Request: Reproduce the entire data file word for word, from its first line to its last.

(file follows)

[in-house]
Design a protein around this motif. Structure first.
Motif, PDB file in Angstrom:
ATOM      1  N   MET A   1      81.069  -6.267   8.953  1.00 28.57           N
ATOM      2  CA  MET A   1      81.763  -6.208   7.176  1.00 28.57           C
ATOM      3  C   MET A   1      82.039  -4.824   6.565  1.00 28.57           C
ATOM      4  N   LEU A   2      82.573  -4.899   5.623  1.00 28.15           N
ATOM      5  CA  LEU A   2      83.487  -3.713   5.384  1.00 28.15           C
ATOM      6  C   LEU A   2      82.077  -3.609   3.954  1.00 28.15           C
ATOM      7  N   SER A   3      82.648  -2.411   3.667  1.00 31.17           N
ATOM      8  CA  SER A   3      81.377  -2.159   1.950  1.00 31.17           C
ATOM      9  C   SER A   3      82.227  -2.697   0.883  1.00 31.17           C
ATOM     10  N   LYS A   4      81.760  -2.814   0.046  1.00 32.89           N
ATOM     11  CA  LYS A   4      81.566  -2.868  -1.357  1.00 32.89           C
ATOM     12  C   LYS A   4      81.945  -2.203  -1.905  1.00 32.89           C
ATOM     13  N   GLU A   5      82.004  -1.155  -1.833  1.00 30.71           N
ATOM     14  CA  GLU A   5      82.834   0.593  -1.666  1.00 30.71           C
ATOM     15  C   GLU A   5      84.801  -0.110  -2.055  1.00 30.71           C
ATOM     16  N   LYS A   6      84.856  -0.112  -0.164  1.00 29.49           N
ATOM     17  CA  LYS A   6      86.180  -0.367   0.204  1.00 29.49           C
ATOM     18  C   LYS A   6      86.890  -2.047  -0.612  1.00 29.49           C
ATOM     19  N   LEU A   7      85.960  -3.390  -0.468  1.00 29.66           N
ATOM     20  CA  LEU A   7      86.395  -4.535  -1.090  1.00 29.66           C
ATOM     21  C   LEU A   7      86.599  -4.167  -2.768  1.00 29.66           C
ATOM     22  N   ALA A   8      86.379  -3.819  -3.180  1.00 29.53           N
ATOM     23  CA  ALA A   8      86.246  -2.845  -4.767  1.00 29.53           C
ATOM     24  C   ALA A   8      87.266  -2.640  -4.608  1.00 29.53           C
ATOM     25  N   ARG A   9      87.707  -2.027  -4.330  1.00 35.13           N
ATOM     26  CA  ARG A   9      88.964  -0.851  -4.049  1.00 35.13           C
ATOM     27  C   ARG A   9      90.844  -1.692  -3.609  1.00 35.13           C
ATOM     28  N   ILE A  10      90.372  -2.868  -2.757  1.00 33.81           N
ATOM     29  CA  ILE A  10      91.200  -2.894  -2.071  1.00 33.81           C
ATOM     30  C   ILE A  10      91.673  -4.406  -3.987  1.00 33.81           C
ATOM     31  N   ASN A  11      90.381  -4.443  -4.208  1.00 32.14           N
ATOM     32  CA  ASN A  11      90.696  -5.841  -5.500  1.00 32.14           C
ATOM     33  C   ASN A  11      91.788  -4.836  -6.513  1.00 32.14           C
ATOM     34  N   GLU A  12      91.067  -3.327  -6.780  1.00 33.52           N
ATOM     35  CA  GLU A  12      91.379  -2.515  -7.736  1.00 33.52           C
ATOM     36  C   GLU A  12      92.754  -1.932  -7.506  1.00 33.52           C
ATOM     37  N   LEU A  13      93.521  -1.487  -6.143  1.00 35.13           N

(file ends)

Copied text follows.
[in-house]
Design a protein around this motif. Structure first.
Motif, PDB file in Angstrom:
ATOM      1  N   MET A   1      81.069  -6.267   8.953  1.00 28.57           N
ATOM      2  CA  MET A   1      81.763  -6.208   7.176  1.00 28.57           C
ATOM      3  C   MET A   1      82.039  -4.824   6.565  1.00 28.57           C
ATOM      4  N   LEU A   2      82.573  -4.899   5.623  1.00 28.15           N
ATOM      5  CA  LEU A   2      83.487  -3.713   5.384  1.00 28.15           C
ATOM      6  C   LEU A   2      82.077  -3.609   3.954  1.00 28.15           C
ATOM      7  N   SER A   3      82.648  -2.411   3.667  1.00 31.17           N
ATOM      8  CA  SER A   3      81.377  -2.159   1.950  1.00 31.17           C
ATOM      9  C   SER A   3      82.227  -2.697   0.883  1.00 31.17           C
ATOM     10  N   LYS A   4      81.760  -2.814   0.046  1.00 32.89           N
ATOM     11  CA  LYS A   4      81.566  -2.868  -1.357  1.00 32.89           C
ATOM     12  C   LYS A   4      81.945  -2.203  -1.905  1.00 32.89           C
ATOM     13  N   GLU A   5      82.004  -1.155  -1.833  1.00 30.71           N
ATOM     14  CA  GLU A   5      82.834   0.593  -1.666  1.00 30.71           C
ATOM     15  C   GLU A   5      84.801  -0.110  -2.055  1.00 30.71           C
ATOM     16  N   LYS A   6      84.856  -0.112  -0.164  1.00 29.49           N
ATOM     17  CA  LYS A   6      86.180  -0.367   0.204  1.00 29.49           C
ATOM     18  C   LYS A   6      86.890  -2.047  -0.612  1.00 29.49           C
ATOM     19  N   LEU A   7      85.960  -3.390  -0.468  1.00 29.66           N
ATOM     20  CA  LEU A   7      86.395  -4.535  -1.090  1.00 29.66           C
ATOM     21  C   LEU A   7      86.599  -4.167  -2.768  1.00 29.66           C
ATOM     22  N   ALA A   8      86.379  -3.819  -3.180  1.00 29.53           N
ATOM     23  CA  ALA A   8      86.246  -2.845  -4.767  1.00 29.53           C
ATOM     24  C   ALA A   8      87.266  -2.640  -4.608  1.00 29.53           C
ATOM     25  N   ARG A   9      87.707  -2.027  -4.330  1.00 35.13           N
ATOM     26  CA  ARG A   9      88.964  -0.851  -4.049  1.00 35.13           C
ATOM     27  C   ARG A   9      90.844  -1.692  -3.609  1.00 35.13           C
ATOM     28  N   ILE A  10      90.372  -2.868  -2.757  1.00 33.81           N
ATOM     29  CA  ILE A  10      91.200  -2.894  -2.071  1.00 33.81           C
ATOM     30  C   ILE A  10      91.673  -4.406  -3.987  1.00 33.81           C
ATOM     31  N   ASN A  11      90.381  -4.443  -4.208  1.00 32.14           N
ATOM     32  CA  ASN A  11      90.696  -5.841  -5.500  1.00 32.14           C
ATOM     33  C   ASN A  11      91.788  -4.836  -6.513  1.00 32.14           C
ATOM     34  N   GLU A  12      91.067  -3.327  -6.780  1.00 33.52           N
ATOM     35  CA  GLU A  12      91.379  -2.515  -7.736  1.00 33.52           C
ATOM     36  C   GLU A  12      92.754  -1.932  -7.506  1.00 33.52           C
ATOM     37  N   LEU A  13      93.521  -1.487  -6.143  1.00 35.13           N